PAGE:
On Item 1, the three Western Heads of Government had been well aware, after the July Conference, of the Soviet position on this Item, and the proposals and drafts which he had put forward here simply confirmed positions which the Soviet Government had held during the Heads of Government meeting.

On Item 2, they had felt that this was a matter which in the first place was of concern not only to the members of the Sub-committee but to all members of the United Nations, and secondly, that a discussion of this subject by the Foreign Ministers would contribute to progress on this question.

On Contacts, the Soviet Delegation considered that the Heads of Government had submitted this point in a desire to contribute to progress in this field. All recognized the desirability of bringing about the reduction of international tensions, and they believed that commercial contacts would have great importance in this field—of course, along with political contacts. On the cultural contacts, they had hoped here to make progress and to work out some practical steps to that end. However, they did not consider it advisable to deal here with matters which were essentially internal questions of this or that country. For example, the rate of the ruble and analogous questions did not seem to them appropriate. They were, however, interested in developing contacts in cultural, scientific, and economic fields, and also tourism. This question was rife, and they should be able to take some practical steps, possibly bilaterally, on a general basis, however, which might be agreed here.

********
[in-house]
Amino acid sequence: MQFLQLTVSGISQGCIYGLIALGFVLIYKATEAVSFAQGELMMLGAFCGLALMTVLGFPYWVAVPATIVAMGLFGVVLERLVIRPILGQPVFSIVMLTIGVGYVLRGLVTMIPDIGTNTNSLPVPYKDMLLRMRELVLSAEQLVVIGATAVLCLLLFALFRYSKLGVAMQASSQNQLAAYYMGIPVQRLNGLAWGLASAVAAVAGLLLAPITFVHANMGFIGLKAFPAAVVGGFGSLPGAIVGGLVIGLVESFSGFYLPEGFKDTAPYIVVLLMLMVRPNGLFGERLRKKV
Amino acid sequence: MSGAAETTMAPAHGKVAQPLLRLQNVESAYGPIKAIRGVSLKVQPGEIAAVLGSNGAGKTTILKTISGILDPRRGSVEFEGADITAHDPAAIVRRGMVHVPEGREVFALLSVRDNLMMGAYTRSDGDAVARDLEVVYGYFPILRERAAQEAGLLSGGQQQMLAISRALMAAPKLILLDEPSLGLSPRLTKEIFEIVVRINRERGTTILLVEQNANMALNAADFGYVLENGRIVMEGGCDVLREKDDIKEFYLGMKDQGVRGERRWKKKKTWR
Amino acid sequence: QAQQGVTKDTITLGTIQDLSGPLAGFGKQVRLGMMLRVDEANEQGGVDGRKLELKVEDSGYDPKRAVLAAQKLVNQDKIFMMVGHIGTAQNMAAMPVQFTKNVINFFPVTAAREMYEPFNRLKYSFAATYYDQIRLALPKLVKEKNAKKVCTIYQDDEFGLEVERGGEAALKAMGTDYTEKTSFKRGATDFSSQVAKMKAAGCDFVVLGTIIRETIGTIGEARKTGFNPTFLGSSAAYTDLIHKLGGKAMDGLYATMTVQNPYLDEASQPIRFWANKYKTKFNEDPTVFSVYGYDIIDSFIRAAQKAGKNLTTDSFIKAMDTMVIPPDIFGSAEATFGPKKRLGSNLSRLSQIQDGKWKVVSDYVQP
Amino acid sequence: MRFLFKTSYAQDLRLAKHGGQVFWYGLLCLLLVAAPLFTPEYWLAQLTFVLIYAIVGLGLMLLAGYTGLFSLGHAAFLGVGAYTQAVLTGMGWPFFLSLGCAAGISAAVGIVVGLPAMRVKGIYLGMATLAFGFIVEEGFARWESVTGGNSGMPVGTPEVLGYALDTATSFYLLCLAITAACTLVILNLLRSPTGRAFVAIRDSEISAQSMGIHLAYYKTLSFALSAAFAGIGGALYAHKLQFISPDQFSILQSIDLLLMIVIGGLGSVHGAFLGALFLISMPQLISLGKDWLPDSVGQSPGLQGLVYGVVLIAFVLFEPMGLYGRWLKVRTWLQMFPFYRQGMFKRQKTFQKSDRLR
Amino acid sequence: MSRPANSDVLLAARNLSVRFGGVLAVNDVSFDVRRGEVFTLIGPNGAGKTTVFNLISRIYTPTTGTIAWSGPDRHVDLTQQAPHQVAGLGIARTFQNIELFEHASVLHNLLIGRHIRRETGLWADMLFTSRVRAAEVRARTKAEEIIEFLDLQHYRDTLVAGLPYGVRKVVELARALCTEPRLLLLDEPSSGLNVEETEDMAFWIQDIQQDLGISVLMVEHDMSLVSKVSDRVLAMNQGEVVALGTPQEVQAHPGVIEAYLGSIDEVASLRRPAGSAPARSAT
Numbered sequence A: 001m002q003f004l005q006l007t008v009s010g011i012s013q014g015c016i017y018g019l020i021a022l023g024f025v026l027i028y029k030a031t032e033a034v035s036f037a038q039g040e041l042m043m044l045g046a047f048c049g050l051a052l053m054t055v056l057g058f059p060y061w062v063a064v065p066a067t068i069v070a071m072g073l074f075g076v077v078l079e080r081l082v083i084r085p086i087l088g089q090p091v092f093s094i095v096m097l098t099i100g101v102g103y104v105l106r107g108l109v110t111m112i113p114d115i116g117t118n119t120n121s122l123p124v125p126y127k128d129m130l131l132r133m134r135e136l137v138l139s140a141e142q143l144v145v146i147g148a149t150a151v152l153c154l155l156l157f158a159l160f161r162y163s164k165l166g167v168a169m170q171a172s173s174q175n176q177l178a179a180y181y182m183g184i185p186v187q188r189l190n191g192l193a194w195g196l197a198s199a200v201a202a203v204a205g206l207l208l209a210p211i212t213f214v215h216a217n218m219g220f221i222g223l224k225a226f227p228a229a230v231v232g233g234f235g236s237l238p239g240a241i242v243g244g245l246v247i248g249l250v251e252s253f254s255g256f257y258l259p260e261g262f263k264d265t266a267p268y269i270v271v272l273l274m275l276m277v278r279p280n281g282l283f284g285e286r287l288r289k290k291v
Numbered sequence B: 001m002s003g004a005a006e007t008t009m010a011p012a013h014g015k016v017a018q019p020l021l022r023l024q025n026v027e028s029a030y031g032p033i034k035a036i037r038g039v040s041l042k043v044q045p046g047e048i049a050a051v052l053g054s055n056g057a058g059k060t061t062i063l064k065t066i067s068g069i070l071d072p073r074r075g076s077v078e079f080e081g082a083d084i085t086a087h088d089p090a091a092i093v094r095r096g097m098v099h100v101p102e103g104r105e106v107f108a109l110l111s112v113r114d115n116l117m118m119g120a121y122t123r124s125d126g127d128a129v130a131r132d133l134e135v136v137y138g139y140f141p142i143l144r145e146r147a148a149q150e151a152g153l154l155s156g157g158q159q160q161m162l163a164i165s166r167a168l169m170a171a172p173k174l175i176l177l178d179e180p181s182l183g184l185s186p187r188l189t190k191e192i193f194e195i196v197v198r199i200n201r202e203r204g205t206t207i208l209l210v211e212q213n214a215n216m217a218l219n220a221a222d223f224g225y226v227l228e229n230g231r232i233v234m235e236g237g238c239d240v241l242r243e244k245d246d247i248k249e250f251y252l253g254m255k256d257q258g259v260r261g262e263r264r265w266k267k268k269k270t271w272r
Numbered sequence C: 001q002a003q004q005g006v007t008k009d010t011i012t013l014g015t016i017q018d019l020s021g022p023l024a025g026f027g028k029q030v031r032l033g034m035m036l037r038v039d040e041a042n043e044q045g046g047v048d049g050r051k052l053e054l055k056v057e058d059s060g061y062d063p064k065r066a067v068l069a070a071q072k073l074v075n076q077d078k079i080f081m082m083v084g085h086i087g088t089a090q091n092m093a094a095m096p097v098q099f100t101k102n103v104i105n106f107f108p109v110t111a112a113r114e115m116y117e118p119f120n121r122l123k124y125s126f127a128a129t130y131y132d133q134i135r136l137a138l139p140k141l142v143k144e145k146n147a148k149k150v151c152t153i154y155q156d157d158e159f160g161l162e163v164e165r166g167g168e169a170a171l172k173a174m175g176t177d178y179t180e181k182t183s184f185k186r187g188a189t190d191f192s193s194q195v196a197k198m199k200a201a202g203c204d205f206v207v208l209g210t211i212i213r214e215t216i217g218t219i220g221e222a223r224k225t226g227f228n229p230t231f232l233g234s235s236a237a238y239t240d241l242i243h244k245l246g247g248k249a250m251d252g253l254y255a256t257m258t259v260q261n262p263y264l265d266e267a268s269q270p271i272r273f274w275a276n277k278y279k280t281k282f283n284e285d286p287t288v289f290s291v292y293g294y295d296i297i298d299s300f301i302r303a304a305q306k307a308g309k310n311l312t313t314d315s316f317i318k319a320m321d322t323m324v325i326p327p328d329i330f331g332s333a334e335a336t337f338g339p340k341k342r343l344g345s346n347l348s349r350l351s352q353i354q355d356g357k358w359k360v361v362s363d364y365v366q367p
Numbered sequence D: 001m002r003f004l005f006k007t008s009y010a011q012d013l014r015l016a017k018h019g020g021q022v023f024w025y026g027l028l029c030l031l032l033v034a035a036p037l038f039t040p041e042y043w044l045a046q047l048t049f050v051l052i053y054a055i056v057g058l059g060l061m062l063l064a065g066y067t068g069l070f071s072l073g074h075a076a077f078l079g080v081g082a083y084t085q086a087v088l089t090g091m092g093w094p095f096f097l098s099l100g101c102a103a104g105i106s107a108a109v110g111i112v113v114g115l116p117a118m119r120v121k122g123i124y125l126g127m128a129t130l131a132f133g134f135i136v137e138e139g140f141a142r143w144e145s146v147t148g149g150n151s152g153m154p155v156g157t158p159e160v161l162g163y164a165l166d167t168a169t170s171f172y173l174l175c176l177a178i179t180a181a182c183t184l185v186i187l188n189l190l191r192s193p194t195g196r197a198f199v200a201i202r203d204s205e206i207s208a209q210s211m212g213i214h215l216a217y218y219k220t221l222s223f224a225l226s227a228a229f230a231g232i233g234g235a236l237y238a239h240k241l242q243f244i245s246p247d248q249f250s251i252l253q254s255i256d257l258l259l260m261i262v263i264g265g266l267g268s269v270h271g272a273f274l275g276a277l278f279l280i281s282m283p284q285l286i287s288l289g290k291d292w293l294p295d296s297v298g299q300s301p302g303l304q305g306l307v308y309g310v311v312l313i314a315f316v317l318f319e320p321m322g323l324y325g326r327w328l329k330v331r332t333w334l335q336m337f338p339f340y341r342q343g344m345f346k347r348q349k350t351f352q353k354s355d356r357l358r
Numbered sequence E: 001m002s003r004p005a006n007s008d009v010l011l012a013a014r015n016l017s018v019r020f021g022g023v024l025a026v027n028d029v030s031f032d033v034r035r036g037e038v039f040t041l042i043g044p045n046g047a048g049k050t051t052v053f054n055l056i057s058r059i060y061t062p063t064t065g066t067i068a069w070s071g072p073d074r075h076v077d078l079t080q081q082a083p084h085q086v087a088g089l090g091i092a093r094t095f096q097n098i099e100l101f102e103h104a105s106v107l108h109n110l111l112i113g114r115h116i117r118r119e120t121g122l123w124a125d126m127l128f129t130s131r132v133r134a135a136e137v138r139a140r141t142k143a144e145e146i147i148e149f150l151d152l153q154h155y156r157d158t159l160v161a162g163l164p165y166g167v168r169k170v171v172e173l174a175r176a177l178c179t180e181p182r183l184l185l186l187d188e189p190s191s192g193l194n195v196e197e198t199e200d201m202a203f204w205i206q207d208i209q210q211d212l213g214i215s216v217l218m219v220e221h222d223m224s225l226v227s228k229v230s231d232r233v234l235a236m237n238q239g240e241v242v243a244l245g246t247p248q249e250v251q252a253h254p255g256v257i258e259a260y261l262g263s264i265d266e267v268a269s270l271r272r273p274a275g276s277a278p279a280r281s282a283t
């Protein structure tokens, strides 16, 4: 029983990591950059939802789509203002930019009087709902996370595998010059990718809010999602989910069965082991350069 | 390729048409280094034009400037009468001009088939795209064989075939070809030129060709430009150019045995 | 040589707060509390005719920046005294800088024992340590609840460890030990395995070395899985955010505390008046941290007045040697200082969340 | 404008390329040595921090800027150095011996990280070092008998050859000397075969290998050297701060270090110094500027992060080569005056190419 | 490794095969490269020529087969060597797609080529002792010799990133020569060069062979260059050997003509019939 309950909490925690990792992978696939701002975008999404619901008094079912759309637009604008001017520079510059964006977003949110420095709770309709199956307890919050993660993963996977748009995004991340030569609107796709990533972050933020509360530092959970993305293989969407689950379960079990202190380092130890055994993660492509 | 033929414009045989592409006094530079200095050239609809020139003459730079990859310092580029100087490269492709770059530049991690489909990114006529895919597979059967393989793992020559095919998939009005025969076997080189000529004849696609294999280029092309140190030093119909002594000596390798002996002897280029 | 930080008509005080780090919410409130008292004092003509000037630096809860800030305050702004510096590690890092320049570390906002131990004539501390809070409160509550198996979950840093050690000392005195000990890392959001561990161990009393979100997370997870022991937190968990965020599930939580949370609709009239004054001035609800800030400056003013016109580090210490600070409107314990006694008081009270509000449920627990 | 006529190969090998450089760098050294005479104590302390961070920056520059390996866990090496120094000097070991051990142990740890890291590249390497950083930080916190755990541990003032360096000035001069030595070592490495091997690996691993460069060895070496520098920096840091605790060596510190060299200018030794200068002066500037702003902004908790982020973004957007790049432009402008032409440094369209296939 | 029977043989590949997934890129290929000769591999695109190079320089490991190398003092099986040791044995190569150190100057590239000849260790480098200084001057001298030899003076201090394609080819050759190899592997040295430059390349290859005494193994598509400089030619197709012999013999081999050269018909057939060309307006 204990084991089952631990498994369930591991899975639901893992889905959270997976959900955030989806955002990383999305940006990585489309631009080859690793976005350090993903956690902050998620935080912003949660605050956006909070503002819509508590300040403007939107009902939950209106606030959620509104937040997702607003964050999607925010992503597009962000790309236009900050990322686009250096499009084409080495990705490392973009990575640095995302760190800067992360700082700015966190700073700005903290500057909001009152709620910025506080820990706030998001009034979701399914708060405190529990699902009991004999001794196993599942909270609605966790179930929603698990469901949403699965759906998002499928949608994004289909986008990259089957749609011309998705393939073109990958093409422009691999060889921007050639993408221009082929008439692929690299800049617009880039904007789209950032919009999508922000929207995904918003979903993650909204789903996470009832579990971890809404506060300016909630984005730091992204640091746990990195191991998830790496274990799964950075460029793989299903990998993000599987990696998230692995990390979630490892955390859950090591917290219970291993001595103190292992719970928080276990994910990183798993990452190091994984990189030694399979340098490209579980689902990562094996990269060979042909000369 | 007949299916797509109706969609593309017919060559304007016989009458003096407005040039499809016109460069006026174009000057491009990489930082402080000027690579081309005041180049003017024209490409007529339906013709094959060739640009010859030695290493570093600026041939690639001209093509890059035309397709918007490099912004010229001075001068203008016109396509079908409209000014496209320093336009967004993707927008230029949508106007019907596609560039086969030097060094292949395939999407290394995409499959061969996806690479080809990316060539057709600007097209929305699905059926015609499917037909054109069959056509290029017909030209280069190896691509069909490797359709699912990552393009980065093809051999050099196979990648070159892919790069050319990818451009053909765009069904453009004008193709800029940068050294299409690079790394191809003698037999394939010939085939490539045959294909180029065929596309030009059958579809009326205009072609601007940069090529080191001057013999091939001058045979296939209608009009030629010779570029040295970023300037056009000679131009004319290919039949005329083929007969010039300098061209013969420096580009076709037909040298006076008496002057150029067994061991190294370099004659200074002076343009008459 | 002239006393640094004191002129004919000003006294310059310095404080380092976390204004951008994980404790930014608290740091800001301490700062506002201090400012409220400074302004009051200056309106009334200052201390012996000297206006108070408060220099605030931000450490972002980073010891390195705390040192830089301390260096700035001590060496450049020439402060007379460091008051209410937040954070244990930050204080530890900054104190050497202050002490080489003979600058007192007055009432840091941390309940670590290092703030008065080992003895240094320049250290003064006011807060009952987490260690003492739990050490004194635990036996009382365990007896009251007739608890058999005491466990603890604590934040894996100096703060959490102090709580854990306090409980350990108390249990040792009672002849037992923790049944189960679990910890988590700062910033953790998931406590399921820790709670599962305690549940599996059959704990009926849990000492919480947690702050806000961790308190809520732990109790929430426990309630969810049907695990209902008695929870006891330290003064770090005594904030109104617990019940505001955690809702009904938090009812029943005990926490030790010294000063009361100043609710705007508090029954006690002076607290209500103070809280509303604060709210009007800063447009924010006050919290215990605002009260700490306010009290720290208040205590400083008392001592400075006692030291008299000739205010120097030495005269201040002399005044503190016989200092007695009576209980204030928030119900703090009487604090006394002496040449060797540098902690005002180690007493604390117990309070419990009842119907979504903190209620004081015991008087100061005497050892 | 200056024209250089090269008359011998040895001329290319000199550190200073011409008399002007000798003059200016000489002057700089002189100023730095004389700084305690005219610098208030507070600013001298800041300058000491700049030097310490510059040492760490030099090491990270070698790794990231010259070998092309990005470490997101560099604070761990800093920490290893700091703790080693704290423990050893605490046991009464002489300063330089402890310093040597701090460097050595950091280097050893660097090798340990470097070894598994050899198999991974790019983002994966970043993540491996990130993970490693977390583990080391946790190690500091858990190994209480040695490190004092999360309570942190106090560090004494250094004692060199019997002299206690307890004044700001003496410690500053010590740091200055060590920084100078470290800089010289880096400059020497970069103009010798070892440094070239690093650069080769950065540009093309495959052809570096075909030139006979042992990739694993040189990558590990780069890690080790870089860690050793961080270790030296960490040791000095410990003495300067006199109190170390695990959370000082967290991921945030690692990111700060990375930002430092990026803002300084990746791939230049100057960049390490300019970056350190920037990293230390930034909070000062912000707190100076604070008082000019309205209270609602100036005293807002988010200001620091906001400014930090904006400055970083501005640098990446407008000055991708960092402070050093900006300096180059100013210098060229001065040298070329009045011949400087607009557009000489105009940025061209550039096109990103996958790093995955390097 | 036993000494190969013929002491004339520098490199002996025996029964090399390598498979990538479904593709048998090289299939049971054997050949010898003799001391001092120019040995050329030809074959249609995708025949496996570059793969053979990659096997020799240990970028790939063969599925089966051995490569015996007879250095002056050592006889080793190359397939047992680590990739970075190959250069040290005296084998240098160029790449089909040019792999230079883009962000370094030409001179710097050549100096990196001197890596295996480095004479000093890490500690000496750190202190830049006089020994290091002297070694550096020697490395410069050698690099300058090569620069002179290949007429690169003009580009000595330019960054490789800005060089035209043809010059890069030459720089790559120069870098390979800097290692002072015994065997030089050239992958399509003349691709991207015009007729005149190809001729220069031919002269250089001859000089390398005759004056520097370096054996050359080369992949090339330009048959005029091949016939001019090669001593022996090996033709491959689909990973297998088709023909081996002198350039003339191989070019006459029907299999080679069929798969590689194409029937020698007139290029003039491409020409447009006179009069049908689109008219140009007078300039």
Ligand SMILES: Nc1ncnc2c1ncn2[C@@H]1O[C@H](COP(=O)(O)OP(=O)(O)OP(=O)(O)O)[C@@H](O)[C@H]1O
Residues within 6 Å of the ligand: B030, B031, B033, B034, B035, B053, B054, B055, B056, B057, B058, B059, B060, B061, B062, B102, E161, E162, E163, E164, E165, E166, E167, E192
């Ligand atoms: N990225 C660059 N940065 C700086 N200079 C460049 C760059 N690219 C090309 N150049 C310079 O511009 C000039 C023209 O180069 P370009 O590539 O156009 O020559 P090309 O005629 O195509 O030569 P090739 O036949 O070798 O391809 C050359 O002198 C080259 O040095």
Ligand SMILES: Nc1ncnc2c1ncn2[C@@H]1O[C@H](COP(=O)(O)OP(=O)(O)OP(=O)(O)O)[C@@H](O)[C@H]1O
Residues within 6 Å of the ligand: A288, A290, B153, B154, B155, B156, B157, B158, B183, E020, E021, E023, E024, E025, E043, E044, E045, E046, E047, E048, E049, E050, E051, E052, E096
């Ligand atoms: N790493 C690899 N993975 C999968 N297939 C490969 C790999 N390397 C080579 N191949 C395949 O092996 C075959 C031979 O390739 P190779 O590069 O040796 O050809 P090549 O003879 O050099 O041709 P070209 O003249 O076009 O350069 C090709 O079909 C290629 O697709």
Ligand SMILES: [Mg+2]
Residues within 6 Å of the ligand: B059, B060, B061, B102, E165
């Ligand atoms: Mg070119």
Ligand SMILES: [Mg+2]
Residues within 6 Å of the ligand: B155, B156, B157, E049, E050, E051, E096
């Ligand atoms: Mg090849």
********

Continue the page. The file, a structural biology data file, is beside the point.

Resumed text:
The Secretary said he thought also that these fields lent themselves more to bilateral than multilateral agreements. But, here, he felt, progress would be less on the basis of an agreement than by each state taking voluntarily such measures as conformed with its interests and those of international relations in general. There were many areas of international trade which might be advantageously developed, and if there were any specific trade items of interest to the [Page 769] USSR and the U.S., these particular items might usefully be discussed bilaterally. For example, he said he was revealing no great secret if he said that the U.S. had substantial surpluses of agricultural commodities. If the Soviet Government was interested in that type of trade, they might profitably discuss it. As to the ruble rate, he recognized that this was predominantly an internal matter, but felt it was appropriate to point out the fact, and it was a fact, that the ruble rate did constitute a barrier to the exchange of persons. What was done in regard to the ruble was, of course, up to the Soviet Government, but he thought it was quite appropriate to point out the fact that it did constitute a limitation. He did not think the rate of the ruble could, of course, be the subject for either a multilateral or bilateral agreement.